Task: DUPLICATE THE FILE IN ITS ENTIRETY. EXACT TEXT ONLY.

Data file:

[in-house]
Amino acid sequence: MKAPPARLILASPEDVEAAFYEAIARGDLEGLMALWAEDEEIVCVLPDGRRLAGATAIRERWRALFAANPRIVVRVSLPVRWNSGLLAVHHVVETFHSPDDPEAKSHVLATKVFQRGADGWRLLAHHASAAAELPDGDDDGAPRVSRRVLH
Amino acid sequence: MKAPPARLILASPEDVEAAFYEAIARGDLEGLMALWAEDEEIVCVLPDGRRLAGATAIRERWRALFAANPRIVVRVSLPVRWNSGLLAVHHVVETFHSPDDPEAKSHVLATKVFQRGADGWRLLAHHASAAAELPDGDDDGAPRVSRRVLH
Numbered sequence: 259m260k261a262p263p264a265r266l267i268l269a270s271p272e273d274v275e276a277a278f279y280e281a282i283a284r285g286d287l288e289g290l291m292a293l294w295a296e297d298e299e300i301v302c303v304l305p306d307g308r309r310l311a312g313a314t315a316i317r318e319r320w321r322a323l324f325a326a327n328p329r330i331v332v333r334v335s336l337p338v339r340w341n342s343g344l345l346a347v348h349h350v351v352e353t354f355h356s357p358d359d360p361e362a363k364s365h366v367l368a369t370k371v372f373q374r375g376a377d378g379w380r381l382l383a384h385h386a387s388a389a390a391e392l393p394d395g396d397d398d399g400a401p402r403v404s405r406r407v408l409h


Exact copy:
[in-house]
Amino acid sequence: MKAPPARLILASPEDVEAAFYEAIARGDLEGLMALWAEDEEIVCVLPDGRRLAGATAIRERWRALFAANPRIVVRVSLPVRWNSGLLAVHHVVETFHSPDDPEAKSHVLATKVFQRGADGWRLLAHHASAAAELPDGDDDGAPRVSRRVLH
Amino acid sequence: MKAPPARLILASPEDVEAAFYEAIARGDLEGLMALWAEDEEIVCVLPDGRRLAGATAIRERWRALFAANPRIVVRVSLPVRWNSGLLAVHHVVETFHSPDDPEAKSHVLATKVFQRGADGWRLLAHHASAAAELPDGDDDGAPRVSRRVLH
Numbered sequence: 259m260k261a262p263p264a265r266l267i268l269a270s271p272e273d274v275e276a277a278f279y280e281a282i283a284r285g286d287l288e289g290l291m292a293l294w295a296e297d298e299e300i301v302c303v304l305p306d307g308r309r310l311a312g313a314t315a316i317r318e319r320w321r322a323l324f325a326a327n328p329r330i331v332v333r334v335s336l337p338v339r340w341n342s343g344l345l346a347v348h349h350v351v352e353t354f355h356s357p358d359d360p361e362a363k364s365h366v367l368a369t370k371v372f373q374r375g376a377d378g379w380r381l382l383a384h385h386a387s388a389a390a391e392l393p394d395g396d397d398d399g400a401p402r403v404s405r406r407v408l409h